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Nevada DOT Interchange Project Underway Along I-15 Corridor

by: Mark Bird
A Caterpillar wheel loader is shown on the I-15/CC-215 Northern Beltway Interchange Project in North Las Vegas.
A Caterpillar wheel loader is shown on the I-15/CC-215 Northern Beltway Interchange Project in North Las Vegas.
Like its world-famous neighboring city, North Las Vegas continues to see robust physical and economic growth. Much more than a suburb, North Las Vegas is in fact its own city, and indeed the fourth largest city in the state of Nevada. Home to the Las Vegas Motor Speedway, which draws hundreds of thousands of people annually to NHRA and NASCAR events, the North Las Vegas area also attracts large numbers of visitors with its variety of outdoor recreational offerings.

North Las Vegas has seen a population growth of over 22 percent since the 2010 census. This dramatic growth has of course brought a major increase in traffic, especially along the Interstate 15 corridor, where thousands of new homes are planned or under construction. It also serves as a major Interstate 15 access route for the Speedway Industrial Park.

To meet the growing traffic needs and to help spur further economic development in North Las Vegas, the Nevada Department of Transportation (NDOT) is completing multiple I-15 corridor improvements. A major current endeavor is the I-15/CC-215 Northern Beltway Interchange Project – a system-to-system interchange configuration where the northern I-15 meets the Clark County 215 Las Vegas Beltway. Construction started in mid-2020 and is expected to be completed in the fourth quarter of 2022.

Major components of the I-15/CC-215 Northern Beltway Interchange Project include:

  • Construction of new direct connect ramps between the I-15 and Clark County 215 interchange
  • Building I-15 southbound ramps and reconstructing I-15 northbound ramps for the I-15 and Tropical Parkway interchange
  • Reconfiguring local streets to improve traffic flow around the interchange
  • Landscape and aesthetic enhancements

The project also includes the addition of I-15 southbound ramps for the Tropical Parkway interchange. The Tropical Parkway interchange will use the existing I-15 northbound ramps as modified to work in concert with new flyover ramps for the I-15/CC-215 interchange. The project will construct sections of Centennial Parkway and Tropical Parkway to provide needed connections.

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Nathan Enos, NDOT’s Resident Engineer for the project, provides an overview of the corridor’s significance. “The area that this route passes through is primarily an industrial area,” he says. “The I-15/CC-215/Tropical Parkway interchange serves as the main access point for several Amazon fulfillment centers and other logistics buildings, a Nevada National Guard Armory and several construction and building industry facilities. It also serves as a pipeline for access to Nellis Air Force Base.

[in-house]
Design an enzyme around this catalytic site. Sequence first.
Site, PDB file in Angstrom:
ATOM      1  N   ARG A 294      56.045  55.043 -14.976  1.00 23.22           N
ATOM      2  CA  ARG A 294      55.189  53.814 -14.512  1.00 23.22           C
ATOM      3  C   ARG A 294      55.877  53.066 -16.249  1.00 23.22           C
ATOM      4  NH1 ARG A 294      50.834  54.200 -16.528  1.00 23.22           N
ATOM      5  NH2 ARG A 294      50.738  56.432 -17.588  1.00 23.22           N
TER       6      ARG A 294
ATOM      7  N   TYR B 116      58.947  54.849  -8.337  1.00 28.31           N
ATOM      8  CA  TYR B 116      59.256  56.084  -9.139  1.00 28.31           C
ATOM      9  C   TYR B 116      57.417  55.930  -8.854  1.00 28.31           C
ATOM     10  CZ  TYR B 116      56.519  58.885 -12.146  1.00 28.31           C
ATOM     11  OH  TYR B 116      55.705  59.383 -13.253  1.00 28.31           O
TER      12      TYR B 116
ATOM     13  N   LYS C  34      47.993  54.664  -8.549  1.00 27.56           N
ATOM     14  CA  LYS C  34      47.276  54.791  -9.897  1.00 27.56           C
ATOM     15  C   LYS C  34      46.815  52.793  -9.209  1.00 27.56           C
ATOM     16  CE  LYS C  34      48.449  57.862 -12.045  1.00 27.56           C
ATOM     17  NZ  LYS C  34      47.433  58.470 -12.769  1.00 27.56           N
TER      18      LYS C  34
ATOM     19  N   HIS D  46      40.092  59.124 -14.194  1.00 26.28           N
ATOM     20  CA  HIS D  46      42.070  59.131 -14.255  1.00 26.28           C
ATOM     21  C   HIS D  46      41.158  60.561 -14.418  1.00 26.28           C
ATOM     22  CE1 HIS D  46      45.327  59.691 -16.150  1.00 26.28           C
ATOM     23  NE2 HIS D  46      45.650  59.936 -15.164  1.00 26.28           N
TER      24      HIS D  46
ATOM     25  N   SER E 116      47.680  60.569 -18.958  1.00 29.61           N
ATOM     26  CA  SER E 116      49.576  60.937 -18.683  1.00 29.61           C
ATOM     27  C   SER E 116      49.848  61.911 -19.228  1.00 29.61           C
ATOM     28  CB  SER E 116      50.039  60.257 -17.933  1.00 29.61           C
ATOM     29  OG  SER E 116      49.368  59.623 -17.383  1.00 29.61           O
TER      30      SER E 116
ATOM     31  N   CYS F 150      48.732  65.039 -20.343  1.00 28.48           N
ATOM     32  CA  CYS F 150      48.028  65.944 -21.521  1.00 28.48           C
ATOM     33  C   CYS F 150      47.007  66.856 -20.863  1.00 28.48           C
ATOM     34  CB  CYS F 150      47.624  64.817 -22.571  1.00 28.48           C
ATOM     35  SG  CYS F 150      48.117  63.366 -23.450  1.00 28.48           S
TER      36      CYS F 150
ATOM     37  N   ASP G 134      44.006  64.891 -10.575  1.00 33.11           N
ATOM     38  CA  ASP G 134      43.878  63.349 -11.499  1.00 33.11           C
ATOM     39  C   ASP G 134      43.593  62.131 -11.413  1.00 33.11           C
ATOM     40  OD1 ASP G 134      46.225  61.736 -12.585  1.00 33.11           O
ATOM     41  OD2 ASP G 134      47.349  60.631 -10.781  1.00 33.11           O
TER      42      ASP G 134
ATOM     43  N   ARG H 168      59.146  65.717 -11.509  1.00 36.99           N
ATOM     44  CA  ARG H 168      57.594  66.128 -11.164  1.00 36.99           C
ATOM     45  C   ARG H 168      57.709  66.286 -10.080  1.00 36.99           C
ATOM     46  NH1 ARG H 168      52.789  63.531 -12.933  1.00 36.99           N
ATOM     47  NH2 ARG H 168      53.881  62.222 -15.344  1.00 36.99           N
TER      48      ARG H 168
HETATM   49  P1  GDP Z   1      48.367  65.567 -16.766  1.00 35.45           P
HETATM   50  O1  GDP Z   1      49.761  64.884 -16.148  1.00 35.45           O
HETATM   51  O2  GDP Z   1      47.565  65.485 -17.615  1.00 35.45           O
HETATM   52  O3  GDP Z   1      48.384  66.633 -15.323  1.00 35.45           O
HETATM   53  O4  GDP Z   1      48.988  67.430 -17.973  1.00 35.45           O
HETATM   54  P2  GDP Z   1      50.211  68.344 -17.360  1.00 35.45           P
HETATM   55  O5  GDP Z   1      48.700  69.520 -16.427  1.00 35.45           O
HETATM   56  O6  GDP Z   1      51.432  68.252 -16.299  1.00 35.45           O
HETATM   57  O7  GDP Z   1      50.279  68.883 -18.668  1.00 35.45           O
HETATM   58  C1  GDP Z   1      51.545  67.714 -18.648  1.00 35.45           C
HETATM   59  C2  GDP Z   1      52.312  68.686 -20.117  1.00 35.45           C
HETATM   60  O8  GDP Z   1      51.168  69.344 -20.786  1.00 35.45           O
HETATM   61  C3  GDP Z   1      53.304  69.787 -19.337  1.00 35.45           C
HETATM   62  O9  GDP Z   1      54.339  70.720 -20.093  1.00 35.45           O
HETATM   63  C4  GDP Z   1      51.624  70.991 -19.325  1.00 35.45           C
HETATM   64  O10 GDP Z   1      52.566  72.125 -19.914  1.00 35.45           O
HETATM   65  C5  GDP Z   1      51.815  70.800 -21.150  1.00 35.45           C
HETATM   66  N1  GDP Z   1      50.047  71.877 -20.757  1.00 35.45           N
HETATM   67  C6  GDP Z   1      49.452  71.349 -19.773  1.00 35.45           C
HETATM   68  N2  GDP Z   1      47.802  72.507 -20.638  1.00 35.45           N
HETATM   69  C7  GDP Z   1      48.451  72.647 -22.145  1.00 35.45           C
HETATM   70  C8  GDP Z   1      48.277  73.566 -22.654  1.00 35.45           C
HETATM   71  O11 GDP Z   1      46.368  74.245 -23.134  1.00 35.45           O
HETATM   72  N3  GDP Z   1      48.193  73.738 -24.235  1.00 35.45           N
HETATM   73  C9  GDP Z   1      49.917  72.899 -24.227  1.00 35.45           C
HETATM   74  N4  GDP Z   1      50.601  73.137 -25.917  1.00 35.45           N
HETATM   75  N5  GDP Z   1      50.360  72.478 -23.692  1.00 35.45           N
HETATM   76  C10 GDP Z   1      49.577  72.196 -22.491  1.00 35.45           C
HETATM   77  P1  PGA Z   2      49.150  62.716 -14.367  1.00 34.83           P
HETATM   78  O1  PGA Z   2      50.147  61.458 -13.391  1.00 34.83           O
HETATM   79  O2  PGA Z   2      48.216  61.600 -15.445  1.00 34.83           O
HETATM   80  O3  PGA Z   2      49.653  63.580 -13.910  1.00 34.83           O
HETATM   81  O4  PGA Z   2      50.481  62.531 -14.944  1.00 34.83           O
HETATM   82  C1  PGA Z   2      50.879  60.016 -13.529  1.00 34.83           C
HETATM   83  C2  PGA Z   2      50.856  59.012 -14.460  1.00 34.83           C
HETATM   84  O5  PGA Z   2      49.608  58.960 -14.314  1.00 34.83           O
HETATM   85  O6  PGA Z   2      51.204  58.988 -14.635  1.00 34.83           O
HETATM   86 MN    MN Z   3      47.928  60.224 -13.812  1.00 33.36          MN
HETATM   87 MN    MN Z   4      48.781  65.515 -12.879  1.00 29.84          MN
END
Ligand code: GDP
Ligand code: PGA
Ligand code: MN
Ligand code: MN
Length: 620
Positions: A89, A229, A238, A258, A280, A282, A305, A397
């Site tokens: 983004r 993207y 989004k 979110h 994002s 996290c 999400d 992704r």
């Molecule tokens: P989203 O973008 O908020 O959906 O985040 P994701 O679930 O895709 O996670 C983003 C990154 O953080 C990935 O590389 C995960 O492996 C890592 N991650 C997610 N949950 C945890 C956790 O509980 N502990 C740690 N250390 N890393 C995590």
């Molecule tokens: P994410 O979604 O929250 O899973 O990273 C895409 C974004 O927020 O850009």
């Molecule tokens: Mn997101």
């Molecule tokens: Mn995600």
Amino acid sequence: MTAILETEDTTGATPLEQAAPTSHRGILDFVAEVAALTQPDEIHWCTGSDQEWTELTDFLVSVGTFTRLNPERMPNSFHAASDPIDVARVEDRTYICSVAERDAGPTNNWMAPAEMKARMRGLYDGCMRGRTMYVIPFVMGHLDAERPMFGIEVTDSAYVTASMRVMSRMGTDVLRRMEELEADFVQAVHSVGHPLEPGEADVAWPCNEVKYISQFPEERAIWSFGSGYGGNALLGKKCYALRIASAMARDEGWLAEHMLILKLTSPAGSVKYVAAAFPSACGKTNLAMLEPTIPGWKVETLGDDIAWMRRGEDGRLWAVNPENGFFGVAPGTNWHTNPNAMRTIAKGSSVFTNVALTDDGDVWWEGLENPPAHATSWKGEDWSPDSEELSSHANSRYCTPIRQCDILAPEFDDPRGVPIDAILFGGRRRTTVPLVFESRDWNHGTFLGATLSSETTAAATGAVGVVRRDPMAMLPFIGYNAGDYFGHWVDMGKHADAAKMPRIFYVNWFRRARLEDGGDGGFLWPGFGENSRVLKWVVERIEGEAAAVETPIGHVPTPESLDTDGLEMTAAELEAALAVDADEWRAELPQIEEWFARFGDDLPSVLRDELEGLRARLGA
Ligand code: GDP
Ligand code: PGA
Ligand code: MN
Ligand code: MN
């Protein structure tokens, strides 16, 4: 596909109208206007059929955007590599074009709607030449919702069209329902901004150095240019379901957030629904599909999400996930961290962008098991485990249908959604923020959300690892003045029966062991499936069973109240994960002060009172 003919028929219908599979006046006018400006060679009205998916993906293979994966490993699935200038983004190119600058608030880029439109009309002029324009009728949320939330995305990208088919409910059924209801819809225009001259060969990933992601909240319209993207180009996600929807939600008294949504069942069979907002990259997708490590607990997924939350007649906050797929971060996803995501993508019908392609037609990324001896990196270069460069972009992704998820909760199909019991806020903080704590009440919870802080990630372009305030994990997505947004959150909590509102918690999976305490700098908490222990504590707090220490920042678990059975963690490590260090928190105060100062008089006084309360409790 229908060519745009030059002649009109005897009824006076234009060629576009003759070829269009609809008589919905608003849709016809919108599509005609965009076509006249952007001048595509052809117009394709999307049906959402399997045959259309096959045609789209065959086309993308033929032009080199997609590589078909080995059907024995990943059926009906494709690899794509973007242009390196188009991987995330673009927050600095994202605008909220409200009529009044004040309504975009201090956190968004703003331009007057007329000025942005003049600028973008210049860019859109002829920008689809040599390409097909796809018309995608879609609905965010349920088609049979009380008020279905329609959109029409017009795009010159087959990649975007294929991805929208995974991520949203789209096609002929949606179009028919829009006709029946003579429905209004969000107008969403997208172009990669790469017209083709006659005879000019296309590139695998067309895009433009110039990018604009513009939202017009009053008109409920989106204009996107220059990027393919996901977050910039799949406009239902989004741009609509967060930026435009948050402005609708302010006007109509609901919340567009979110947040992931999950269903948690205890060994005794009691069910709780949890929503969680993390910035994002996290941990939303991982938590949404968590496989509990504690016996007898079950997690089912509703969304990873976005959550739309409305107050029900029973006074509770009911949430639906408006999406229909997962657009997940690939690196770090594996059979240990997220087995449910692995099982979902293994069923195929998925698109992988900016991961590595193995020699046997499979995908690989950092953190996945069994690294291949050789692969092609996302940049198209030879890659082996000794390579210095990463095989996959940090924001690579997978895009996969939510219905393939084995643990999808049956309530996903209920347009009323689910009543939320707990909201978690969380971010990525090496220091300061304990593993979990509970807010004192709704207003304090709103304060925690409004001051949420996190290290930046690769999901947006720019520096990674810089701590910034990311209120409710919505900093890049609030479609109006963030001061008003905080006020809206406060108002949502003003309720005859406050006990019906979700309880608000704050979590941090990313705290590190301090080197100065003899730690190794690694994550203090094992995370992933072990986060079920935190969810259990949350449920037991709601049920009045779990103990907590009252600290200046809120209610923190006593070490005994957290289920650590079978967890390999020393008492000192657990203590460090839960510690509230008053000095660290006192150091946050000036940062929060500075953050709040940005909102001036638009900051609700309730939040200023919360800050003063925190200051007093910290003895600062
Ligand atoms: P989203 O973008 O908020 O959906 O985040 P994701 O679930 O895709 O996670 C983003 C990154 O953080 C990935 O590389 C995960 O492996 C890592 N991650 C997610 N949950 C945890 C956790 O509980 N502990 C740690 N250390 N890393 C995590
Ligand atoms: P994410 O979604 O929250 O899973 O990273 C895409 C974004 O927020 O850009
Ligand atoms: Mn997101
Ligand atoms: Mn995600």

“In the time the project has been under construction, several additional warehouses and businesses have been constructed in the immediate area, with more under construction. These businesses contribute a steady stream of commercial traffic, including box trucks and concrete trucks, as well as very busy passenger vehicle traffic during shift change hours. The I-15 corridor is also a very busy commercial trucking corridor for trucking passing through the Las Vegas valley.”

Traffic counts through the busy interchange are expected to grow by up to 72 percent in the next two decades, according to NDOT. Enos comments, “The 2020 average traffic count for this section of I-15 is 37,000 vehicles per day. Averages of 2,400 to 3,700 vehicles per day use each of the existing ramps for access to business in the area. Historical data shows steady increases in these values in the last five years and those increases are expected to continue going forward.”

Fisher Sand & Gravel is the general contractor for the project. As Enos reports, Atkins provided consultant design engineering services. Lage Design was responsible for landscape design and architecture, and PK Electrical provided lighting design engineering. Horrocks Engineers provided subcontracted bridge engineering. Ninyo and Moore provided geotechnical exploration and reporting. During construction, Diversified Consulting Services (DCS), CEEC Inc., and Kleinfelder have provided inspection and testing services to augment NDOT field personnel.

Final construction costs are estimated to be approximately $105 million. In addition, Preliminary Engineering Expenses are approximately $10.8 million, and Right of Way Expenses are approximately $7.3 million.

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This is a federally funded project – 95 percent of the funding is being provided by the federal government, with the remainder being funded by a combination of State transportation funds, Clark County property tax funds, and City of North Las Vegas funds.

Multi-Phase Project Will Provide Multiple Benefits
In reflecting on the scope of the project, Enos highlights multiple benefits that route users will experience:

Improved Safety
“Movements through the area prior to improvements were via a mix of signalized and unsignalized intersections. This project will convert all major traffic movements to either free flowing – such as the I-15 northbound to CC215 westbound flyover ramp – or signalized intersections. This reduces the number of conflict points for traffic incidents to occur. Enhanced lighting, new barrier rail, improved drainage, and new signage all contribute to the improved safety of the interchange.”

Reduced Travel Times
“By providing free flow routes to all the movements between I-15 and CC215, as well as improved on- and off-ramps from I-15 to Tropical Parkway, traffic will be able to travel through the interchange area at a higher speed and with fewer stops at intersections.”